Anyone know how much a crystal slipper would fetch on eBay?
Detective Quest: The Crystal Slipper starts with a familiar story… a handsome Prince fell in love with a beautiful woman who he danced with at the royal ball. She left suddenly, without even telling him her name, and leaving behind only a crystal slipper for him to remember her by. So the Prince enlists in the help of a detective (that’s you!) to help him find his fair maiden. From then onwards, the Cinderella tale takes some unfamiliar turns and becomes an original story. It comes from Elephant Games, a studio which has clearly been busy recently, having also released the excellent Christmas Stories: Nutcracker less than a month ago.
The hidden object scenes have an interesting twist to the genre – instead of finding objects from a list in a picture, you are given images of various items which you have to put back in the right place. Some of these are easy enough – a Prince statue needs to be paired with his Princess statue, for example – while others are trickier. It’s a fresh and fun take on the concept, and I enjoyed it much more than I initially thought I would. It also makes the gameplay a little more challenging, since the task of finding a reason to match objects takes a lot more thought than simply finding them.
Once you’ve paired up two objects successfully, you’re treated to a short animation, a little like the ones in the I-Spy games. Fires will blaze if you light them, bells will ring if you add their missing clappers and rabbits will eat the carrots you offer them. It’s also worth playing around with the regular scenes as well, sometimes you’ll uncover hidden animations there, too, for example a fireside cat will purr and stretch if you stroke it.
The hidden object scenes are very detailed and vary from really cute and cuddly – like a puppy sleeping in a basket, to creepy and rather dark – like a collection of torture instruments. There are plenty of mini-games that you’ll need to play, too, which range from very (probably too) easy, like clicking on the places where different-coloured strands of thread begin and end, to very hard, like clearing the way for a dolphin to safely swim between two points.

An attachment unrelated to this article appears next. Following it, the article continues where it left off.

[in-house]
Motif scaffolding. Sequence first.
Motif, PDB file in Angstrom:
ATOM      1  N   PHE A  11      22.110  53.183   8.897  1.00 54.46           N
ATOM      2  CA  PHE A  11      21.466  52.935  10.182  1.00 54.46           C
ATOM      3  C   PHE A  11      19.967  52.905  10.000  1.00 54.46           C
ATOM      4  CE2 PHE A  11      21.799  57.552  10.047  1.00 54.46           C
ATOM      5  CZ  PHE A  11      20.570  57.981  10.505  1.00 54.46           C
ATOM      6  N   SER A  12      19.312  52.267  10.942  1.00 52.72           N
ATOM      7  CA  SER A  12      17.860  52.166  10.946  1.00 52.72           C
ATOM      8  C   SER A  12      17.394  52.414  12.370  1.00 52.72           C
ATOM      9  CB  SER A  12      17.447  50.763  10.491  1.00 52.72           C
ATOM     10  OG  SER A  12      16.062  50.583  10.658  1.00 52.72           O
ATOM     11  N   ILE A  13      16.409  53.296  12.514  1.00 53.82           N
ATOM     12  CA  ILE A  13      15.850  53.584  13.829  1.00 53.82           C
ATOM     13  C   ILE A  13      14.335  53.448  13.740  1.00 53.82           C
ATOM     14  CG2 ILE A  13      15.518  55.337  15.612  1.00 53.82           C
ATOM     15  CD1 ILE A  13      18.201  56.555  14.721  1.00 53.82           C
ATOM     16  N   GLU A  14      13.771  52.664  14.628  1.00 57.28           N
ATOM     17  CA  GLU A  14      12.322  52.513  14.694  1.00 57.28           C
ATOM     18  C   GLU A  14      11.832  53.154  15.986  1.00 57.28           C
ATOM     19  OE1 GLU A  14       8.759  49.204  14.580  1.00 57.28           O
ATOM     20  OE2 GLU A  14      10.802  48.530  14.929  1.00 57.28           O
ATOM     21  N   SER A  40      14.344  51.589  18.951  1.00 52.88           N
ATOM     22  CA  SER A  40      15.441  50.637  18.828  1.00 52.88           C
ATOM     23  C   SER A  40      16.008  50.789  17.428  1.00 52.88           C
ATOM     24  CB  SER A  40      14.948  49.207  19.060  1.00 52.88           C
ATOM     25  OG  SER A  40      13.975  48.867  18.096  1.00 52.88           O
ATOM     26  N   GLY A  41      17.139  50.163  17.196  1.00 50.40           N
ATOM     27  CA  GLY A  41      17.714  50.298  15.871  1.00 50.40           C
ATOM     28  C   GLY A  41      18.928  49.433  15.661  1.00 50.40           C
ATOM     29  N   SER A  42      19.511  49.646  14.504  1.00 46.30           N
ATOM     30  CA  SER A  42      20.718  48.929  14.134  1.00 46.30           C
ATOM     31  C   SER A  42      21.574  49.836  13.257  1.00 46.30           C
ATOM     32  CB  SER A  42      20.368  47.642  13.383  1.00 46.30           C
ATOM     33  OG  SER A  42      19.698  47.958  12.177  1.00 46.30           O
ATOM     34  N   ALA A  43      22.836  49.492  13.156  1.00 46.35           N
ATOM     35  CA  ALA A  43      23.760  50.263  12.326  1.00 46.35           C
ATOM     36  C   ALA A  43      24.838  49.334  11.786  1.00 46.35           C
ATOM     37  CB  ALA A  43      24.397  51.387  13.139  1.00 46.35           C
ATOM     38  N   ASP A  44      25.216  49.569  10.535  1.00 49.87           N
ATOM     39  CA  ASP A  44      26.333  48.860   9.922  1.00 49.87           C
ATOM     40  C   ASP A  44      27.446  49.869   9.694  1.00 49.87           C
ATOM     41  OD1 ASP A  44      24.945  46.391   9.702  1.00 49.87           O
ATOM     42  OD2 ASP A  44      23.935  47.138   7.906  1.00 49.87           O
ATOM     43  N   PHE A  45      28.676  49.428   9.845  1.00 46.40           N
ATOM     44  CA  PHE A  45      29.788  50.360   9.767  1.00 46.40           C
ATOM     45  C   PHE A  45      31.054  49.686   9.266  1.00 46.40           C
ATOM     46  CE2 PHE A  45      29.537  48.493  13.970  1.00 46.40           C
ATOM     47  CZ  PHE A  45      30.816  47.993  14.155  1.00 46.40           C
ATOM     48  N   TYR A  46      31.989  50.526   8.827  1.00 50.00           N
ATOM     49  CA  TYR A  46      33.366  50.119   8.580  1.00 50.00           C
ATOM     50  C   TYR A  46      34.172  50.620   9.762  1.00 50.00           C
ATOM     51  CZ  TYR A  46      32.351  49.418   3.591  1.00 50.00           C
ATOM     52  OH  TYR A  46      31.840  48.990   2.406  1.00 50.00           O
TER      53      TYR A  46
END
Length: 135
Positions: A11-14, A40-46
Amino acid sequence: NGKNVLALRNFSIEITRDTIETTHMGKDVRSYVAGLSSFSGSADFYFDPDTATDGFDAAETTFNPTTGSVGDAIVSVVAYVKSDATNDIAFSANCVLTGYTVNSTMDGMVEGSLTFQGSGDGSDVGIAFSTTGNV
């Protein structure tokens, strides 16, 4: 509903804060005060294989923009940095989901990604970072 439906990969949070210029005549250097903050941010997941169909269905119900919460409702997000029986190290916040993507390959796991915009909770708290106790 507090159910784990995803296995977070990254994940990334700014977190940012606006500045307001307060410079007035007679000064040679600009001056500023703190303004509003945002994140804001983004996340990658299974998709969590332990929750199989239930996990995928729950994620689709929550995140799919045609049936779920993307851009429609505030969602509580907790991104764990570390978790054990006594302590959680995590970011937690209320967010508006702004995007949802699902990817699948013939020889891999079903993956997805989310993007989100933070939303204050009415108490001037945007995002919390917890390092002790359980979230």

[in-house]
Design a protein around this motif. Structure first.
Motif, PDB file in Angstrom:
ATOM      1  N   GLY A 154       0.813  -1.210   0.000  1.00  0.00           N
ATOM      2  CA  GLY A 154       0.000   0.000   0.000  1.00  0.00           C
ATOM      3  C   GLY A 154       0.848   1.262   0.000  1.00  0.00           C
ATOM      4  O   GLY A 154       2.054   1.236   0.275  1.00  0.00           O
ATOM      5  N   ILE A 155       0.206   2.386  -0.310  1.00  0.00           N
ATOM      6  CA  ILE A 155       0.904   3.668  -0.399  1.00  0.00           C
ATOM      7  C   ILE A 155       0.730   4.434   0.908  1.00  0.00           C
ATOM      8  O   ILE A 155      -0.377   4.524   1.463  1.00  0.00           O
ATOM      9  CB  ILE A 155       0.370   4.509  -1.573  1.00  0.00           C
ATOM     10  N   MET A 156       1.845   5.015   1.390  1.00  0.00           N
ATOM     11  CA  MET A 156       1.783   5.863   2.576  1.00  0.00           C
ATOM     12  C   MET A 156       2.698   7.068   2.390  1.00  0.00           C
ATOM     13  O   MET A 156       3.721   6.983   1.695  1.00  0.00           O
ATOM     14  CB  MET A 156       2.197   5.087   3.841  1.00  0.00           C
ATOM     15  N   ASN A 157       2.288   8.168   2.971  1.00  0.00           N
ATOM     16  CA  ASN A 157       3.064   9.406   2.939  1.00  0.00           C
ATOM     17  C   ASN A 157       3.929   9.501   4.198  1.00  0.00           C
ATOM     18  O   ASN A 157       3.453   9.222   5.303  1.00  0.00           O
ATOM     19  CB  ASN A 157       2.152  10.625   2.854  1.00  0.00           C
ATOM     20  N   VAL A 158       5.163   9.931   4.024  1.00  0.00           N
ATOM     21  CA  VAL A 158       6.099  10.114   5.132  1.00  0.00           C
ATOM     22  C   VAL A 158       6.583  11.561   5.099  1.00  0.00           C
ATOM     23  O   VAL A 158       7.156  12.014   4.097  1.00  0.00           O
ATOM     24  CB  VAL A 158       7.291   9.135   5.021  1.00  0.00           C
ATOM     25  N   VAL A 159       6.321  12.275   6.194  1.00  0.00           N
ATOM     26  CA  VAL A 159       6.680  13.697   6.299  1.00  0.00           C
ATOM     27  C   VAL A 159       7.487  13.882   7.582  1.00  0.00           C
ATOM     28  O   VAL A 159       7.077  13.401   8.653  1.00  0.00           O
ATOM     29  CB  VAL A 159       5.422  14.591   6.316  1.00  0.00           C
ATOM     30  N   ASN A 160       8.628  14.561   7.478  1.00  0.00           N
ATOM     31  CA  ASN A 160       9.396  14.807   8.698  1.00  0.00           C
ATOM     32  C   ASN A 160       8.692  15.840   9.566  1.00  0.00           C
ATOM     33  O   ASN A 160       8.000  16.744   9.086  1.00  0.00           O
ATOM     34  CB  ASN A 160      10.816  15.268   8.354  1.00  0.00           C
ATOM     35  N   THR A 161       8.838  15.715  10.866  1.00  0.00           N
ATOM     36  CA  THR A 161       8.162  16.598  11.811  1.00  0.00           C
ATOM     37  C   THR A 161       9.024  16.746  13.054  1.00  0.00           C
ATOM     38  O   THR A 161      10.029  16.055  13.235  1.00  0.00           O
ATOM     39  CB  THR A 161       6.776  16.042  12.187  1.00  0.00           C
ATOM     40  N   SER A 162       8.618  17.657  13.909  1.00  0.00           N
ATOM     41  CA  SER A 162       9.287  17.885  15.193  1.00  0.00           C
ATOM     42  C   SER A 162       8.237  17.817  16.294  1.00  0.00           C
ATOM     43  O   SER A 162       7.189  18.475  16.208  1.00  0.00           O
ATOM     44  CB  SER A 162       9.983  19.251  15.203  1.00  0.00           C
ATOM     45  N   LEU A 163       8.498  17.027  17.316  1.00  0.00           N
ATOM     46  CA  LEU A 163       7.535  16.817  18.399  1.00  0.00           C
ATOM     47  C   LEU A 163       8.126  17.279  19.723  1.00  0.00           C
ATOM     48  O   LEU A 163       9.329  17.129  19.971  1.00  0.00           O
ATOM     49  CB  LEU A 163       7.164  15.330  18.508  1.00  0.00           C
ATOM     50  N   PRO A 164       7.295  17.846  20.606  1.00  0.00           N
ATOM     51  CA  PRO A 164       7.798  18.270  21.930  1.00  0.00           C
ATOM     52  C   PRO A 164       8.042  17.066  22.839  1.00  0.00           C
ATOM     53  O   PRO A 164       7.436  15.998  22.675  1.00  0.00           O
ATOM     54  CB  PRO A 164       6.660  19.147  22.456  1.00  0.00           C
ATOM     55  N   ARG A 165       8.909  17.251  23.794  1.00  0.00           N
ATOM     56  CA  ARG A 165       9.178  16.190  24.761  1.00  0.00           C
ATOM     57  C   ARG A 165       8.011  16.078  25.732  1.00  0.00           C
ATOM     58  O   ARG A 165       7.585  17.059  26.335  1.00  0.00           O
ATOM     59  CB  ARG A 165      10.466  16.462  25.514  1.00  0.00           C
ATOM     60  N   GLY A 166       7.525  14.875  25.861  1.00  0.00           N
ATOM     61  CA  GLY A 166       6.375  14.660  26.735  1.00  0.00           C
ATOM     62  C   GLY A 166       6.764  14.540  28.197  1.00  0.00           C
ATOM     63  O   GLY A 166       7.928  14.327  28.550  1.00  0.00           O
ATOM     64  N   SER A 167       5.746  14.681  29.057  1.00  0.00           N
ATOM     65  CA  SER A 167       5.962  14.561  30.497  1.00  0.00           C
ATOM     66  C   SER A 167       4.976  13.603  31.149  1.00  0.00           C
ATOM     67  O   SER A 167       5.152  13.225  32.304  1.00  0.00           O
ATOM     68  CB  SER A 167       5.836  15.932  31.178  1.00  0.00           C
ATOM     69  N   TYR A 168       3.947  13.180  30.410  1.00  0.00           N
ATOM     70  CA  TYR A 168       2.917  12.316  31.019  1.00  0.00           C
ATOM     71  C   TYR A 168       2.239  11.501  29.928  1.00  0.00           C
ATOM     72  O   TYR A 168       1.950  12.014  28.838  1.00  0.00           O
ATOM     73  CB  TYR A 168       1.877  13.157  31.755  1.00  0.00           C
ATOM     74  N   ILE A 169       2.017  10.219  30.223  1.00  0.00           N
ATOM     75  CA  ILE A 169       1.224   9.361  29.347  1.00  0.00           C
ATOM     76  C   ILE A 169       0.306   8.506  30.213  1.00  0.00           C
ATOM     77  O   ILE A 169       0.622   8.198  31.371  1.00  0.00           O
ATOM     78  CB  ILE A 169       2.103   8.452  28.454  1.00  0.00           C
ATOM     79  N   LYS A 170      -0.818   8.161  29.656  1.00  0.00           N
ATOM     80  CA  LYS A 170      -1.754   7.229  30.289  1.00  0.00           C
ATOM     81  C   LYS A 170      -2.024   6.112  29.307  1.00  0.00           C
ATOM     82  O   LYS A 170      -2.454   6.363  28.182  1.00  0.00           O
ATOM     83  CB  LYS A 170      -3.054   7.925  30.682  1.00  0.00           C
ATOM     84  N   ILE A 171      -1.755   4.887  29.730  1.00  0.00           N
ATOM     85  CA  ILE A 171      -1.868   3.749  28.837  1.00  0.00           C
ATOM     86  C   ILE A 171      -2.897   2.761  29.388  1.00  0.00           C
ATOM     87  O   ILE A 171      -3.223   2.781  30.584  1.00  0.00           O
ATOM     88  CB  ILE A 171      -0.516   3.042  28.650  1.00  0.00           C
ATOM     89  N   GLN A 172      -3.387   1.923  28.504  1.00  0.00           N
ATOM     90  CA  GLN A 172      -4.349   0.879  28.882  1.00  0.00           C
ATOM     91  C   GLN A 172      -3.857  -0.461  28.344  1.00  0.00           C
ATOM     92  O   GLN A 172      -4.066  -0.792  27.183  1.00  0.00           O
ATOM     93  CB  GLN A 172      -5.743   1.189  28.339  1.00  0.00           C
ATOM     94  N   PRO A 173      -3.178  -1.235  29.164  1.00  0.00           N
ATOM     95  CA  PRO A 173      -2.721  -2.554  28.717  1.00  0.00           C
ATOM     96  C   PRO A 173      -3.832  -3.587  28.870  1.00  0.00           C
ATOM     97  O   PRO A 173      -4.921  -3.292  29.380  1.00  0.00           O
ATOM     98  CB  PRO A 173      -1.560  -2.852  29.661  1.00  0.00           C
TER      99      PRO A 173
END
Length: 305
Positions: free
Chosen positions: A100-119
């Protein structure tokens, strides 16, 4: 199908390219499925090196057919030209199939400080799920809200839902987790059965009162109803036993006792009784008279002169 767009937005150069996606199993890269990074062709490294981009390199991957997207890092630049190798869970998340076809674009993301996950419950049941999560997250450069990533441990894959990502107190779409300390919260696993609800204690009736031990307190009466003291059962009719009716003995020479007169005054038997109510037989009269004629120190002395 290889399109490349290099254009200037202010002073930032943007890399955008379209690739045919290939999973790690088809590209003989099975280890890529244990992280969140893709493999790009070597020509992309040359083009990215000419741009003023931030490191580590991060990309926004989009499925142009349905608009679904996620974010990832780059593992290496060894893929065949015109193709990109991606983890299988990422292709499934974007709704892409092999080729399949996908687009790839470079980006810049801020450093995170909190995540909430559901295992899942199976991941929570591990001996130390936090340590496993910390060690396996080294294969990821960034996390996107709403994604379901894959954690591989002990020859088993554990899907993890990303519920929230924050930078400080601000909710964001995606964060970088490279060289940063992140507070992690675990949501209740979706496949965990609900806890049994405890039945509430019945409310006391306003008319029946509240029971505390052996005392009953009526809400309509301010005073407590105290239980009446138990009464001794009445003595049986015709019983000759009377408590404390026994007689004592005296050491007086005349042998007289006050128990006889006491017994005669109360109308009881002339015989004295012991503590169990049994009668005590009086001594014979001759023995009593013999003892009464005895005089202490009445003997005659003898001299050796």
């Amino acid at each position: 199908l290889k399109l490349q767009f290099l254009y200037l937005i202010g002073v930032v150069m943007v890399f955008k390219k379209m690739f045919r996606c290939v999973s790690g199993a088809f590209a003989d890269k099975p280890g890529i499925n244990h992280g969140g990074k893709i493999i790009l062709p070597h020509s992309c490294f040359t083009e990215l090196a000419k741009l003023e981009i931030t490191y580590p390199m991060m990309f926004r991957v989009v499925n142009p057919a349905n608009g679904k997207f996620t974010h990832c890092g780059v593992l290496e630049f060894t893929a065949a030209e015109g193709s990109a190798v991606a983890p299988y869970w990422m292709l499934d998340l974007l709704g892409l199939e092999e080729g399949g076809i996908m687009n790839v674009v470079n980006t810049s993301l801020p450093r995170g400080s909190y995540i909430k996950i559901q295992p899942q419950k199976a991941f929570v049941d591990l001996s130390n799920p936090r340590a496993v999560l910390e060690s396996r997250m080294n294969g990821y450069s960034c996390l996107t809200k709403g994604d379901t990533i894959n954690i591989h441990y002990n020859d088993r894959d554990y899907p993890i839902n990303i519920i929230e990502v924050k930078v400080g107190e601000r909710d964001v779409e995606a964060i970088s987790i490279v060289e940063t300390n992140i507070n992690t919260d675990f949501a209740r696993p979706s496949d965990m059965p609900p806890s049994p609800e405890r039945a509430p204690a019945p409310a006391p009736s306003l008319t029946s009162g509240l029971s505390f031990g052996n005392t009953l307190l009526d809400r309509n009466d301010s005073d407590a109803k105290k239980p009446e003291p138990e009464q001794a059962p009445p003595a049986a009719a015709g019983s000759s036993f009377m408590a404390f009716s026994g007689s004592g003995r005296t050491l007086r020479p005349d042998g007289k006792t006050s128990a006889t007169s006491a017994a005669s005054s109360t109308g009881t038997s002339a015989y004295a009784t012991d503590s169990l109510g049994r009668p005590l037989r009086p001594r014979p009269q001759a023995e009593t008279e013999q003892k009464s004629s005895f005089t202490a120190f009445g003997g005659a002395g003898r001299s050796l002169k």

There are a couple of nice extras – firstly, you’re equipped with a camera and instructed to take pictures of all the weird and wonderful creatures you run into during your adventure, which results in an album you can flick through. The second is that you’ll collect animals that will help you with some tasks, for example a cute little white ermine that will scamper into hard-to-reach places and bring back treasures for you.
There are a few short cutscenes, as well as voice-overs in which characters tell you their story. Everything’s of high quality and very polished. The premise of the story itself is a little tired (essentially the old “rescue the Princess” chestnut), but the way it is told is well done. The game world feels both large enough to be interesting and small enough that you never feel stuck having to traipse back and forth between long distances.
There are three difficulty levels to choose from, but make no mistake, even playing on casual, Detective Quest: The Crystal Slipper is a difficult game. Of course, this is either a good or a bad thing, depending on how much of a challenge you like. There are plenty of easier games out there if you prefer things to be a bit more relaxing, so having some games that are more difficult is not a bad thing. If you prefer your games nice and easy, though, you’re better off giving this one a miss.